Therapists, particularly those treating sex addiction and in the addiction field generally, are familiar with therapy-interfering behaviors. Frequent lateness or failing to show up for appointments, fomenting conflict with the therapist, and many other forms of direct and indirect ways of undermining the process. As with problem behaviors generally, these are maladaptive attempts to solve a problem.
I first encountered an analysis of therapy-interfering behaviors in the work of Dr. Marsha M. Linehan. Dr. Linehan was a pioneer in the treatment of the maladaptive behaviors that characterize borderline personality disorder such as chronic suicidality, chemical and behavioral addictions, and other self-destructive behaviors.
Sex addiction therapists, no less than those treating any other maladaptive behavior, do well to make the problem of therapy-interfering behaviors a priority. Dr. Linehan proposed a hierarchy of target behaviors:
- Suicidal, parasuicidal or other potentially life-threatening behaviors
- Therapy-interfering behaviors
- Maladaptive vs. life-enhancing behaviors
The idea here is that, of course, the first goal is to make sure the patient stays alive and doesn’t harm anyone else. But next, it is crucially important to address the behaviors that keep the patient from receiving help.
I believe that with sex addicts and addicts generally, the three types of therapy-interfering behaviors described by Linehan can be traced to specific kinds of childhood trauma and attachment issues. In turn, these play out in predictable ways in addiction treatment.
These are behaviors which indicate a rather superficial engagement with therapy. These include chronically missing sessions, being late, dropping out of therapy, or being in constant crisis or chaos which disrupts recovery.
Also included in this category are behaviors that make it difficult for the client to be available in sessions such as being overly tired or under the influence of drugs. These clients seem outwardly compliant but are often fixated on their significant other to the point of being unable to fully “show up” in treatment.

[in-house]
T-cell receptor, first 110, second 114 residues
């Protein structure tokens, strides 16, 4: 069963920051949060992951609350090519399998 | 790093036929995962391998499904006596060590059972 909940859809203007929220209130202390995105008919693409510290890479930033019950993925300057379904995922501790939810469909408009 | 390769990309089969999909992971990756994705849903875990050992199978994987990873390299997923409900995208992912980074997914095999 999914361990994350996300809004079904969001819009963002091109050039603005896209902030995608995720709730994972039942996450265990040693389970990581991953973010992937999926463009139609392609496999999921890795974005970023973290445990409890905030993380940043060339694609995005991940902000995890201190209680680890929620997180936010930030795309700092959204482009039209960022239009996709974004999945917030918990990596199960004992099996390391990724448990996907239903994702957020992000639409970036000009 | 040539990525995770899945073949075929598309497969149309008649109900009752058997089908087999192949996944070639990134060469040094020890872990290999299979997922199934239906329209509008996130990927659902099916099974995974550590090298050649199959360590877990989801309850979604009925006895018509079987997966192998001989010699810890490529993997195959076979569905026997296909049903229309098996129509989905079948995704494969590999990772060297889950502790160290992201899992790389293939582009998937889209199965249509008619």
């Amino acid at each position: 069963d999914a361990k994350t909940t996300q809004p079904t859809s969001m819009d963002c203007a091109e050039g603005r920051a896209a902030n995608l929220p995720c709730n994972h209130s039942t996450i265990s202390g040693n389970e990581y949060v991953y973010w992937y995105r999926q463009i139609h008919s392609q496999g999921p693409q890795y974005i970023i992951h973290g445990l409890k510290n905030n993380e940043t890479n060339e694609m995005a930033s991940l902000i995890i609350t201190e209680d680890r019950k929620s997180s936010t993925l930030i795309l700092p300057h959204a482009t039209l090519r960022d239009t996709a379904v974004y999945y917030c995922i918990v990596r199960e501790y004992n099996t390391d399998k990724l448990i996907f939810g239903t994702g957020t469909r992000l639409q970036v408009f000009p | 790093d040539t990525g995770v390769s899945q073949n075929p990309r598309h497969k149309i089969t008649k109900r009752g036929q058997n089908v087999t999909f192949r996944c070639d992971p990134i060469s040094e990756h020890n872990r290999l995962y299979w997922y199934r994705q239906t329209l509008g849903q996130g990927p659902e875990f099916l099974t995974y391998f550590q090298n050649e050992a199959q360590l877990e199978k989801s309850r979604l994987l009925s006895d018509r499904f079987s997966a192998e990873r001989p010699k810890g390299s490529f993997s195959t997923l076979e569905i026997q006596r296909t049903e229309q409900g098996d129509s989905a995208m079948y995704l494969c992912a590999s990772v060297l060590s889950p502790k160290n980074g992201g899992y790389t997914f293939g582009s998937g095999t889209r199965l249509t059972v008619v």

The attachment style of these clients seems to be basically avoidant. They likely come from a family in which they were emotionally neglected or in which they played a parental role. They seem to find it hard to focus on themselves and tend to drift off or dissociate. They are needy and lack a sense of agency in their lives. They have developed a coping style that involves seeming to be engaged while being on their own “trip.”
These are behaviors that divert from the work in treatment, such as challenging everything the therapist says, putting up a wall, refusing to respond, and even outright verbal aggression against the therapist or against other clients in groups.
Non-collaborative clients seem to have family histories that are characterized by physical or verbal abuse, overt or covert molestation, and adversarial relating. As children they become oppositional and defiant in response to feelings of being rejected, exploited, or being in constant conflict.
These clients often seem to me to feel they are different and superior. They are the do-it-yourself type who want to write their own rules. They take a very defensive posture because they run on fear. These clients take a long time to establish any feeling of connection with a therapist or with other group members. Any kind of letting go or vulnerability seems to them illogical and even life-threatening.
Non-compliant behaviors include a resistance or unwillingness to consistently complete homework or task assignments, refusing to agree on treatment goals, and feeling overwhelmed when asked to participate in exercises or practice new behaviors. These are what might be thought of as partly passive-aggressive tactics.
These clients seem to feel one-down and powerless. They come from a feeling of hopelessness about getting their needs met, and tend to neglect their lives and their self care. Family of origin issues may involve emotional deprivation, lack of nurturing, and not feeling “seen.” These clients are “touchy” and over-sensitive to slights. They don’t expect much from anyone, and are in rebellion against having anything expected of them.
As you can see, therapy-interfering behaviors are more than just an inconvenience or a side issue. They relate to the very essence and origin of the target behaviors. Since therapy is itself an intimate relationship, the conflicts arising in that relationship relate directly to the attachment injury that created the other maladaptive behaviors in the first place.
Sex addiction treatment is a sub-specialty that is highly manualized and task-oriented, and that is as it should be. But openly talking about and targeting behaviors that get in the way of this kind of treatment involves constantly weaving in the kind of process-oriented confrontation that we already have in our skill set.